What’s missing from your VBS?



Summertime in churches can be an exciting time for children as school is out, and churches are gearing up for Vacation Bible School or, as it is known in church circles, VBS.

Rooms throughout the church are decorated from top to bottom. The teachers have been trained. Supplies, snacks, and treats are ready to go. Music videos have been practiced, and the gospel will be adequately presented.

Every day, the kids will come with big smiles on their faces. They will laugh, dance, sing, and shout out the Scriptures. As they leave each day, they will get a high-five or a fist-bump and even a hug from many of their leaders.

Missing kids

At many VBS programs, there will be one thing missing—there will be very few children from divorced homes. There are lots of these children where you live and where I live. So why aren’t they at VBS?

The main reason these kids don’t attend VBS: the single parent has to work and has no way to get the child to VBS.

VBS can accommodate kids of divorce

Years ago when I operated a child care in Oklahoma, I offered to transport children in our program to VBS at a local church. The most appreciative parents were those of kids in single-parent homes. Many of these parents didn’t attend church themselves but wanted their kids to go to VBS.

What a powerful experience family night during VBS was for these parents. For many of them, it was the first time in years they had entered a church. For some, it may have been the only time. The leaders made sure the parents felt welcomed. They complimented the kids and eagerly invited the parents to come back and visit.

Another church I attended in North Carolina had its VBS in the evening. The church did this because many children wouldn’t be able to attend VBS if it was held during the day. Several kids from divorced homes were able to attend this VBS. Plus, some of the single parents in the church got to volunteer.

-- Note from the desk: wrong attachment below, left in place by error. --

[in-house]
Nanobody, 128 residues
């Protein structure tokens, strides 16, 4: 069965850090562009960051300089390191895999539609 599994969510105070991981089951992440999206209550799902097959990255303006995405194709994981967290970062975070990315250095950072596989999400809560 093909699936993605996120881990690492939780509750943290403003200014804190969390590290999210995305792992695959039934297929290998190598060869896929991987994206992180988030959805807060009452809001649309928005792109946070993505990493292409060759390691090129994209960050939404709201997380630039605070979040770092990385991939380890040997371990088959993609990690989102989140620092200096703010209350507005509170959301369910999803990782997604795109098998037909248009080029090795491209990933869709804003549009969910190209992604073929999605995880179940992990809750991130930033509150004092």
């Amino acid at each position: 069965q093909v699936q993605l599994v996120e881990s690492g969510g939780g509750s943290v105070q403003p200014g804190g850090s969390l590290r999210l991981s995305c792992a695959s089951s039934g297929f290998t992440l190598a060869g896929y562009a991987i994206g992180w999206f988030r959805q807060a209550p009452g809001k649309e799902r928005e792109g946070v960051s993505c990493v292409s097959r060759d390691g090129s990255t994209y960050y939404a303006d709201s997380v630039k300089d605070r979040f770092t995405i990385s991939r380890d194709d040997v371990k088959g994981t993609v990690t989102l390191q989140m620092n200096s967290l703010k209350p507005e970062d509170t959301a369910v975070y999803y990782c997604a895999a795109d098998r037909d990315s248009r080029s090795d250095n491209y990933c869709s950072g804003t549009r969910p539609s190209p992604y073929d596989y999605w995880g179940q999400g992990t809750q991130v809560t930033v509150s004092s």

Ways to reach out to the child of divorce

No matter what time of the day or evening you have your VBS, please consider reaching out to the children in your area who come from single-parent homes.

  • You can ask the families in your church to consider offering rides to VBS.
  • Start a bus program, and offer to pick up children from the neighborhood and transport them to and from VBS.
  • If your VBS is during the day, arrange for day cares in your area to bring children to your VBS.
  • If your program is in the evening, enlist child cares, YMCAs, and day camps to hand out flyers about your evening sessions.

What the kids will receive

  • The concepts and Scriptures these kids are exposed to at a VBS can influence them for years.
  • It is another way to demonstrate to children who have lost parents to death, desertion, divorce, or incarceration that God loves them and that He will never leave them or forsake them.
  • It’s another opportunity to pour the Scriptures into their active minds and their hearts.
  • It’s several hours during the kids’ week when they don’t have to worry about what’s going on between their parents.
  • They can get caught up in the moment and the excitement of the day. You might say they get to experience another way of life, a peaceful, exciting, stress-free life during their week in VBS.

Don’t kids in single-parent homes deserve this opportunity to learn about our Savior?


This article is updated and adapted from an article originally published on the Kids & Divorce blog on June 20, 2014.

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One thought on “What’s missing from your VBS?

  1. Pingback: DC4K » Summertime and the kids of divorce– how you can help

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